Blockchain developers use Solidity to program smart contracts.
The same team developed Solidity and Ethereum, and, as such, their history is entwined. Solidity was first proposed in 2014 by Ethereum co-founder Gavin Wood and subsequently developed by a team of Ethereum core developers.
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The Ethereum developer community has defined standards that govern how Solidity smart contracts are used to build dApps on Ethereum. Commonly called “token standards,” some will be highly familiar, while others are more obscure. Here’s a selection:
Ethereum’s ability to process instructions coded in Solidity is what differentiates it from a blockchain like Bitcoin. Bitcoin can only process instructions that relate to BTC transactions, whereas Solidity allows the Ethereum Virtual Machine (EVM) to translate a potentially infinite variety of instructions.
Once a developer has written a smart contract in Solidity, they run it through a compiler, breaking it down into a set of instructions rendered in byte code. The EVM can read the byte code and execute it accordingly.
The generation of byte code introduces an element of economic balance into the process of developing smart contracts. Generating byte code requires Ethereum gas, which must be paid for by the user.
Ethereum is a Turing-complete machine. In principle, anyone could program a Solidity smart contract to do anything on the platform. However, this capability is limited by the practical requirement to buy enough gas.
There are other languages that compilers can process into byte code, including Serpent, Viper, and Mutan. However, they all serve the same function: To allow human-readable code to be compiled into byte code for execution by the Ethereum Virtual Machine.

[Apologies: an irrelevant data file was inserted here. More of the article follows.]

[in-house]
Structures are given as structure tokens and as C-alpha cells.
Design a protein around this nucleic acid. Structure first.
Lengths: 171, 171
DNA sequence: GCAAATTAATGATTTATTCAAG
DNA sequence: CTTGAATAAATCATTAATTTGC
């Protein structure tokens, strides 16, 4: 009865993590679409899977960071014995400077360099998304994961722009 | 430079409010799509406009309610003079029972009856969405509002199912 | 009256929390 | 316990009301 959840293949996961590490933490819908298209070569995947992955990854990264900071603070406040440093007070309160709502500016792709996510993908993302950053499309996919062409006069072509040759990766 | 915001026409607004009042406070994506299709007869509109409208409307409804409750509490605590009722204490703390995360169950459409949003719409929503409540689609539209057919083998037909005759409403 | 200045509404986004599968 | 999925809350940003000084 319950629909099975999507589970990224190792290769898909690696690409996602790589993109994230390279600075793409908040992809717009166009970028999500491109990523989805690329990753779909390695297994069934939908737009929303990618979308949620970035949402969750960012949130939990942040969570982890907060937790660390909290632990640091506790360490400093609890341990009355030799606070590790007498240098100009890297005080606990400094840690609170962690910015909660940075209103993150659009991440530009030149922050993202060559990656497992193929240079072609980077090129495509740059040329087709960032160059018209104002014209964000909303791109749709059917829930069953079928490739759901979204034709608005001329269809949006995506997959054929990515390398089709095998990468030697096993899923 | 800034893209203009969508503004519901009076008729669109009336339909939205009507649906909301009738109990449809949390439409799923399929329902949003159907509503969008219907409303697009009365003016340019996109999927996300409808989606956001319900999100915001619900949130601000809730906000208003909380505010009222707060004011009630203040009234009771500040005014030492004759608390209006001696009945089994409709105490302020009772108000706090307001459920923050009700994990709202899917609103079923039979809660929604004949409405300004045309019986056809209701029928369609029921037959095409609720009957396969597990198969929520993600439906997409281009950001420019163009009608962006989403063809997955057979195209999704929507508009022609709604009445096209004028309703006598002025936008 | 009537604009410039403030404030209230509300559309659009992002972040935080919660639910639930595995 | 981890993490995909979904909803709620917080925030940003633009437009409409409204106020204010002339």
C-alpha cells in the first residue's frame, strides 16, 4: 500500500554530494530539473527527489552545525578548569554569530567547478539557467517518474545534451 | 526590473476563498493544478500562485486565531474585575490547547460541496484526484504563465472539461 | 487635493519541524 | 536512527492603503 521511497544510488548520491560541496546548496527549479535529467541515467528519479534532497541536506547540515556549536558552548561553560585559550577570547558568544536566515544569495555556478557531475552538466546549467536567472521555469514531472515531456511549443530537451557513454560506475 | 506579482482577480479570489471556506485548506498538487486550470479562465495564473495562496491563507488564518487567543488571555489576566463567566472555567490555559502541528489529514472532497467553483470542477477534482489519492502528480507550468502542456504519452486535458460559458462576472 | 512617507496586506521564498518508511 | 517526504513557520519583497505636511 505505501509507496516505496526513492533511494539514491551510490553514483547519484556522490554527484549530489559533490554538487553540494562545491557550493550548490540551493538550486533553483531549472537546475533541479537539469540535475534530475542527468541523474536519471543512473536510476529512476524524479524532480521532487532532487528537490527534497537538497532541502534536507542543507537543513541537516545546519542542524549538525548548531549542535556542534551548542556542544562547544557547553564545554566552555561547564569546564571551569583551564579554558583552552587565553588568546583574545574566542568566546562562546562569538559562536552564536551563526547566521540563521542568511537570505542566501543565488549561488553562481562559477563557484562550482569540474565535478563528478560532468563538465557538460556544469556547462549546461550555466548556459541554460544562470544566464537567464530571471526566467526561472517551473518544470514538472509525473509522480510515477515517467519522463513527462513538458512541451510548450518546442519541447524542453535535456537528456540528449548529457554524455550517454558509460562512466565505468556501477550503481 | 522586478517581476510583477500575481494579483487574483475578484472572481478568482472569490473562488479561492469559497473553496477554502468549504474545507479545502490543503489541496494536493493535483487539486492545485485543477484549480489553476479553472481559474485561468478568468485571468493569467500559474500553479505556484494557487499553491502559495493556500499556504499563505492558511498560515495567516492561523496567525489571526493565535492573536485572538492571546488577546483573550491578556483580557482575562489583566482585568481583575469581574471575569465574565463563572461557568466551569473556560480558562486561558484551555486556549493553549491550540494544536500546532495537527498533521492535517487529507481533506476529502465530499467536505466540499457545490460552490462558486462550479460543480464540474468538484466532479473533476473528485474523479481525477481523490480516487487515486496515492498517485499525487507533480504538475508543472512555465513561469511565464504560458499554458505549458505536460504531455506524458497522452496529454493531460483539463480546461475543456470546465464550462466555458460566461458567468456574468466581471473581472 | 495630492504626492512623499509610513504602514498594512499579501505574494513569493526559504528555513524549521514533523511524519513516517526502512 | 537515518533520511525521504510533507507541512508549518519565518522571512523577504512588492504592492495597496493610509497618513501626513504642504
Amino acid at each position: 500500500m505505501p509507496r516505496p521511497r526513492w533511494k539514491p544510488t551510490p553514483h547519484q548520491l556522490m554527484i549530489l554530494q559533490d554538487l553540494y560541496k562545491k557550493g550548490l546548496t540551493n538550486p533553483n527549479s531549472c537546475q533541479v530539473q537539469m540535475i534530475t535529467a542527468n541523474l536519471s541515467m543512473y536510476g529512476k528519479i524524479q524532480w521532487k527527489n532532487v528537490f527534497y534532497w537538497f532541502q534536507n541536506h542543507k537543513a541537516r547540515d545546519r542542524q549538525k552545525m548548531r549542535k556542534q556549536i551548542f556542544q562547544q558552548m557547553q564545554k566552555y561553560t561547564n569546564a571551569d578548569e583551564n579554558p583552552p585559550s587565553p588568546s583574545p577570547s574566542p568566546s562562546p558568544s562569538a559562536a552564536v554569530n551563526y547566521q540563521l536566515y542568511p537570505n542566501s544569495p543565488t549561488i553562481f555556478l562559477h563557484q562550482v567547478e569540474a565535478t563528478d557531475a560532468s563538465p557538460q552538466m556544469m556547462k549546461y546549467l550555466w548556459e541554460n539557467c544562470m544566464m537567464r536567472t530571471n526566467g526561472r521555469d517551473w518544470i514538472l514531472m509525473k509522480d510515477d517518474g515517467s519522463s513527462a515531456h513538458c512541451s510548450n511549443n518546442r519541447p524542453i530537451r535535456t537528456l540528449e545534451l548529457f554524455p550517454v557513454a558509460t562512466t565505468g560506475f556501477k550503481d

Solidity can program almost any outcome as a general-purpose language and is relatively easy to write and quick to deploy. However, writing secure smart contract code is very difficult. Many black-hat operators in the crypto space actively seek out vulnerabilities in Solidity programming to drain accounts of funds.
Since the value of the DeFi markets started to rise exponentially, there have been many instances of this happening. Digital asset research firm Messari estimated in April that over $284 million had been lost to DeFi hacks since 2019.
Many projects now use blockchain security audit firms and independent third parties to scrutinize code for deficiencies. However, it’s not a silver bullet, and issues may slip past an audit undetected.
The fact that blockchains are immutable only compounds this issue. Once a developer publishes their code to the blockchain, they can’t edit or tweak it. Therefore, it must be thoroughly tested and robust enough against attack when it goes live.
Immutability explains apps like Uniswap have versioning. When the developers want to make changes and introduce new features, they can’t simply add them to the existing version—they must publish an entirely new version to the blockchain.
Similarly, they can’t stop people from using the old version. They could remove the user interface and make it more difficult, but the smart contract would continue to exist.
Solidity continues to power the biggest ecosystem in blockchain, Ethereum. Despite its limitations, it boasts an active developer base continually updating the code and maintaining smart contract standards. As such, Solidity will remain among the leading smart contract programming languages for the foreseeable future.
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